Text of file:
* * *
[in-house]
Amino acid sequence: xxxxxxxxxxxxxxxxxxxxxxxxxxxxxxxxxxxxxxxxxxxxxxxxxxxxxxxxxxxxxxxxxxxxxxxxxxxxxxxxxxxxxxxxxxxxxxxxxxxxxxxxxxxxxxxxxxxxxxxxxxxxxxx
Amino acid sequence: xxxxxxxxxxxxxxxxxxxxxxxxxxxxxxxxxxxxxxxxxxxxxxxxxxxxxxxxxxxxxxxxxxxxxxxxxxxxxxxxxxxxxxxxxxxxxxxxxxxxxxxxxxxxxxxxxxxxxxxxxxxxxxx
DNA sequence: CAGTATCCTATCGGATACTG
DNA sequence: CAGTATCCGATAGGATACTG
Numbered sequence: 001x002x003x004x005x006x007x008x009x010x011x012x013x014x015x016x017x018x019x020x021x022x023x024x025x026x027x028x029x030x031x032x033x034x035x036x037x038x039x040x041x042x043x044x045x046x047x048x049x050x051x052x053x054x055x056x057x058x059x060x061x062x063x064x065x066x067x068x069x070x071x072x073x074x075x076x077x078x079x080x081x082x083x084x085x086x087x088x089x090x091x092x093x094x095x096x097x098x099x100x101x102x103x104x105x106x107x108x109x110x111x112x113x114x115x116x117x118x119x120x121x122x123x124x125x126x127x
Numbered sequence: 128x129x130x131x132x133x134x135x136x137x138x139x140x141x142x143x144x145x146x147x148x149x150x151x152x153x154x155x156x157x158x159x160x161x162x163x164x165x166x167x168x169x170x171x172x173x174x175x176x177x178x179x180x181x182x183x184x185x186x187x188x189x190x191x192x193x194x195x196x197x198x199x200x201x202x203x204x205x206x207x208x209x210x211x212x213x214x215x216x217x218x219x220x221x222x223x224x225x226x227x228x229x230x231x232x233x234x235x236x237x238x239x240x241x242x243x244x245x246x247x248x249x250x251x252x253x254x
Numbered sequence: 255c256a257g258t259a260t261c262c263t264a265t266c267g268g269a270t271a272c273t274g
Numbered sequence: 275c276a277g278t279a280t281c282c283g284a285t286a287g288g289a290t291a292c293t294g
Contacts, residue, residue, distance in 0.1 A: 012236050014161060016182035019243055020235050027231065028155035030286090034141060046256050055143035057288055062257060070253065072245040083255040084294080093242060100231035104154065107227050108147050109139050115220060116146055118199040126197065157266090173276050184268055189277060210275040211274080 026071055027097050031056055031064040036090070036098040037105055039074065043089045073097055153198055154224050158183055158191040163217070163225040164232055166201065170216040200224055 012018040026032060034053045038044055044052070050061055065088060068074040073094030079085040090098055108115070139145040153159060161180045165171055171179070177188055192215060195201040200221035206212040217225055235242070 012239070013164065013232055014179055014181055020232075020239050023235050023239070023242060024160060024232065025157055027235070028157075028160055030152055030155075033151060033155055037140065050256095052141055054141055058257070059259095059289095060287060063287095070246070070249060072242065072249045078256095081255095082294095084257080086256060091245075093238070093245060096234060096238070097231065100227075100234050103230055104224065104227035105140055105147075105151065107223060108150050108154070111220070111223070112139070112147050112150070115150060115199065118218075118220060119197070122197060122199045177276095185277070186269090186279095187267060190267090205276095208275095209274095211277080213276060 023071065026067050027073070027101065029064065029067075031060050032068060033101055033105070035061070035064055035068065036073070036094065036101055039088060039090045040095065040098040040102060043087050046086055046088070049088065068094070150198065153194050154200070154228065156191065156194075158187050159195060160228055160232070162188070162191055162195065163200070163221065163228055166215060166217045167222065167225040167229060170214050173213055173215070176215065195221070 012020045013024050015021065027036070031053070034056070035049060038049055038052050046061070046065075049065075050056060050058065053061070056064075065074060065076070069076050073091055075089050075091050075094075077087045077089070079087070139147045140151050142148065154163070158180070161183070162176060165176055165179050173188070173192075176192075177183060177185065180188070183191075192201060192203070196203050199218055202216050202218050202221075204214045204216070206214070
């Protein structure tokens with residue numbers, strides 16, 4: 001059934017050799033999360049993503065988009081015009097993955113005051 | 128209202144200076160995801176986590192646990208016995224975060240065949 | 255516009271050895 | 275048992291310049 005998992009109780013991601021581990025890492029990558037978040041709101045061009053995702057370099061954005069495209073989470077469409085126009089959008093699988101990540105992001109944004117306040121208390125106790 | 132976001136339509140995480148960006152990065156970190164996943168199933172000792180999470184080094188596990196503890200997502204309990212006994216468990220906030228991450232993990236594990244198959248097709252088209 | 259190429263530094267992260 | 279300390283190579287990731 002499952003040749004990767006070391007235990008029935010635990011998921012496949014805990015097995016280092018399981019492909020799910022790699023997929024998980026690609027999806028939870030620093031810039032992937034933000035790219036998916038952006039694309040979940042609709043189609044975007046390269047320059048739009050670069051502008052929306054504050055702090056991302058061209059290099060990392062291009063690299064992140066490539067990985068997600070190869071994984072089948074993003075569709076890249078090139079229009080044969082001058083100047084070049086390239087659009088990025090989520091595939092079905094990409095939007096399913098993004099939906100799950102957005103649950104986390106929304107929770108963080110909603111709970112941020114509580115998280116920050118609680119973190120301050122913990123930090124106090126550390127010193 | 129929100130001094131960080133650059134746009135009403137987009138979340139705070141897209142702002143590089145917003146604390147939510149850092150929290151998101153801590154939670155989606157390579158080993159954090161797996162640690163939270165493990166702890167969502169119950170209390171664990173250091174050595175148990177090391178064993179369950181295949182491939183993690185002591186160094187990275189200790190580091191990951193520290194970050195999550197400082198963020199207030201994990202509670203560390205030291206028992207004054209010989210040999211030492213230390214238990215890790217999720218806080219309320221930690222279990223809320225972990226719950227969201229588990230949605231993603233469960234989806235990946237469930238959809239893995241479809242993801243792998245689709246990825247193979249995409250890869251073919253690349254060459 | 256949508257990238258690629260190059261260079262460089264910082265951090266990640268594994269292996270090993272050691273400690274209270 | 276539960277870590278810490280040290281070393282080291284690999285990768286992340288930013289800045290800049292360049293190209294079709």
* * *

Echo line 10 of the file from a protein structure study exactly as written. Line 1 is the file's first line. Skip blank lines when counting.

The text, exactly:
Contacts, residue, residue, distance in 0.1 A: 012236050014161060016182035019243055020235050027231065028155035030286090034141060046256050055143035057288055062257060070253065072245040083255040084294080093242060100231035104154065107227050108147050109139050115220060116146055118199040126197065157266090173276050184268055189277060210275040211274080 026071055027097050031056055031064040036090070036098040037105055039074065043089045073097055153198055154224050158183055158191040163217070163225040164232055166201065170216040200224055 012018040026032060034053045038044055044052070050061055065088060068074040073094030079085040090098055108115070139145040153159060161180045165171055171179070177188055192215060195201040200221035206212040217225055235242070 012239070013164065013232055014179055014181055020232075020239050023235050023239070023242060024160060024232065025157055027235070028157075028160055030152055030155075033151060033155055037140065050256095052141055054141055058257070059259095059289095060287060063287095070246070070249060072242065072249045078256095081255095082294095084257080086256060091245075093238070093245060096234060096238070097231065100227075100234050103230055104224065104227035105140055105147075105151065107223060108150050108154070111220070111223070112139070112147050112150070115150060115199065118218075118220060119197070122197060122199045177276095185277070186269090186279095187267060190267090205276095208275095209274095211277080213276060 023071065026067050027073070027101065029064065029067075031060050032068060033101055033105070035061070035064055035068065036073070036094065036101055039088060039090045040095065040098040040102060043087050046086055046088070049088065068094070150198065153194050154200070154228065156191065156194075158187050159195060160228055160232070162188070162191055162195065163200070163221065163228055166215060166217045167222065167225040167229060170214050173213055173215070176215065195221070 012020045013024050015021065027036070031053070034056070035049060038049055038052050046061070046065075049065075050056060050058065053061070056064075065074060065076070069076050073091055075089050075091050075094075077087045077089070079087070139147045140151050142148065154163070158180070161183070162176060165176055165179050173188070173192075176192075177183060177185065180188070183191075192201060192203070196203050199218055202216050202218050202221075204214045204216070206214070